It is now commonplace for historians of religion to treat the creation of saints as a political process that included such issues as doctrinal orthodoxy, church authority and popular practices and beliefs. The early twentieth-century Bollandist scholar of sanctity, Hippolyte Delehaye sj, touched on these when he considered the problems facing the critical, but devout, hagiographer in his history, The work of the Bollandists:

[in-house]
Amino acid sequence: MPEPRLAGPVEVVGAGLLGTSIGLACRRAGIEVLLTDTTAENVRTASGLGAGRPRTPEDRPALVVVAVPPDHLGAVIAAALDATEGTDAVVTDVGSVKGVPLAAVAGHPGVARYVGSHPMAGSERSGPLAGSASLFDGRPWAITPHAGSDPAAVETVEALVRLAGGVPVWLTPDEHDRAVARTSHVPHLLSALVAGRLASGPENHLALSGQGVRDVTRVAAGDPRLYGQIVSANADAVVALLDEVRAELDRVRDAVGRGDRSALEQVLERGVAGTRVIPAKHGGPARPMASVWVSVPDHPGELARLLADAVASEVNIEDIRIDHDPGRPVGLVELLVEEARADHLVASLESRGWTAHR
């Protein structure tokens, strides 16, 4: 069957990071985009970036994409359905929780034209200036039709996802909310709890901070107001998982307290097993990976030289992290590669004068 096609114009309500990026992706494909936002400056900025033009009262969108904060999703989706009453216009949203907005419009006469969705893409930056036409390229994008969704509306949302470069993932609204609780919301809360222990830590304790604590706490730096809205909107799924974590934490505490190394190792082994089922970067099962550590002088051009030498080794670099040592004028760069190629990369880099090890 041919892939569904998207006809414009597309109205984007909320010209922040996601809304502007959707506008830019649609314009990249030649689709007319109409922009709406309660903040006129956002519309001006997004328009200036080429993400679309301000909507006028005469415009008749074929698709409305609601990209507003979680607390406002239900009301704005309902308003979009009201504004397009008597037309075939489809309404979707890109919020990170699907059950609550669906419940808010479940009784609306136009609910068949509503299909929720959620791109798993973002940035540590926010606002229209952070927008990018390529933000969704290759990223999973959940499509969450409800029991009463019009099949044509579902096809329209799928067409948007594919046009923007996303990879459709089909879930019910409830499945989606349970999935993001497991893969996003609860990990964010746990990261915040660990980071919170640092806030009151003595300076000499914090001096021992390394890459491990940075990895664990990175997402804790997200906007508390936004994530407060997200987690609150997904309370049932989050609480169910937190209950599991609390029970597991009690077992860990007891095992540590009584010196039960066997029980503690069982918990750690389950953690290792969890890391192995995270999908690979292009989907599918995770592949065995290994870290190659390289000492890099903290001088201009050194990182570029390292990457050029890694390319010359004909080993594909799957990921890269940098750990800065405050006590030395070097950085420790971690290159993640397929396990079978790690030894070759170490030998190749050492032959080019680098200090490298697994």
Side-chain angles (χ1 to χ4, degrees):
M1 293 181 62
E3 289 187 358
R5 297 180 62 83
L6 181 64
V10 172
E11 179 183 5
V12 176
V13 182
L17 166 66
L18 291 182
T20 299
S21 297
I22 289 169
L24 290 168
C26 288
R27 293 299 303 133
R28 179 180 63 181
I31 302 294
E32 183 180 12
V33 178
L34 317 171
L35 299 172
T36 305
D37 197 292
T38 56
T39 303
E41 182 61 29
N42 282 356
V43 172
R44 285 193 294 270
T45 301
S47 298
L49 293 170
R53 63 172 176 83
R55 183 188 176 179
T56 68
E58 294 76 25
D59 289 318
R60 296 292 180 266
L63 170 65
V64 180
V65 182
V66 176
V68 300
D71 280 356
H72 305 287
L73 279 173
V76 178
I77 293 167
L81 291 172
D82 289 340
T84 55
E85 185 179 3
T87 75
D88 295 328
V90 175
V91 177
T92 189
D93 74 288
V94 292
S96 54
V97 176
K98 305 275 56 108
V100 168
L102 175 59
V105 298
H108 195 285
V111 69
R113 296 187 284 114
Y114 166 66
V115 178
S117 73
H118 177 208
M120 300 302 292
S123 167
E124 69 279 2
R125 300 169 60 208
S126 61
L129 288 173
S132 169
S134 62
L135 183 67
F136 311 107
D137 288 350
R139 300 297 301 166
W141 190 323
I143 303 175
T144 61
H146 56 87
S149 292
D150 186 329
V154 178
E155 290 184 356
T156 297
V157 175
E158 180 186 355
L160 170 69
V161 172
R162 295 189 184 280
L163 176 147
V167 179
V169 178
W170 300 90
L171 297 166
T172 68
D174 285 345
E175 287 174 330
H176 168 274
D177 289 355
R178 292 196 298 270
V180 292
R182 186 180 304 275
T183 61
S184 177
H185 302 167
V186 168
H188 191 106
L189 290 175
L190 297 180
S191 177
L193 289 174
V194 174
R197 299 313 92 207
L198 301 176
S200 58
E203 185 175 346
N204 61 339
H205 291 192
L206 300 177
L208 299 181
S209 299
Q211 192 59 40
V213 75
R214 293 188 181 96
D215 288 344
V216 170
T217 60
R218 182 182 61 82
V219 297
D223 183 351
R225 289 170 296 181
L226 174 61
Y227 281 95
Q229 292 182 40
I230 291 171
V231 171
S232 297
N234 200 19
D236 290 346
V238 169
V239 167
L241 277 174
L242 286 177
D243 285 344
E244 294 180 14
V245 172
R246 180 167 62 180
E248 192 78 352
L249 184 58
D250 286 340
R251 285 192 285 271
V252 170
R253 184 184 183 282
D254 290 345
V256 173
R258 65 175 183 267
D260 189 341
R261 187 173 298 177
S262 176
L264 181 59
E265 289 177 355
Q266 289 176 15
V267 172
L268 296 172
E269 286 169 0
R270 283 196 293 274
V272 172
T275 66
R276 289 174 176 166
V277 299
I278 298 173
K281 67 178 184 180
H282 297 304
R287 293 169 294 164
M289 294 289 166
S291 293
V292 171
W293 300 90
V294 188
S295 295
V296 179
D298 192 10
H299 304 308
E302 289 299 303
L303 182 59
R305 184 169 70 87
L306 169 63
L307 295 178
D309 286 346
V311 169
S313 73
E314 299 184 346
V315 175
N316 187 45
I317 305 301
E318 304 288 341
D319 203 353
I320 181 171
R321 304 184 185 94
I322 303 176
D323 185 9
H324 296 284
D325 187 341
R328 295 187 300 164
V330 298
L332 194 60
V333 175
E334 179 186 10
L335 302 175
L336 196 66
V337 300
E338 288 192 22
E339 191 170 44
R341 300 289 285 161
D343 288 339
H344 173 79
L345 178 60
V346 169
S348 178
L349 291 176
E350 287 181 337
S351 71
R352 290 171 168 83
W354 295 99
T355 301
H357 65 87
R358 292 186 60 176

To question the lawfulness of the cult of a saint, or to raise doubts as to the authenticity of his relics, were issues which could not in most cases remain theoretical, but which demanded practical measures, and in the application of these more than usual tact was required. How was it to be made clear to the faithful that the authority of the Church was not responsible for certain vagaries? How were devotions which had taken root in the heart of the people to be suppressed without causing serious disturbances? On the other hand how were they to be upheld, in the face of the conviction that they were without foundation?… Of course the faithful have never been taught that the lives of the saints are to be believed in the same measure as the Gospel, but it is a fact that they incline to this belief. Hence was it not dangerous, from the standpoint of faith, to destroy certain pious illusions?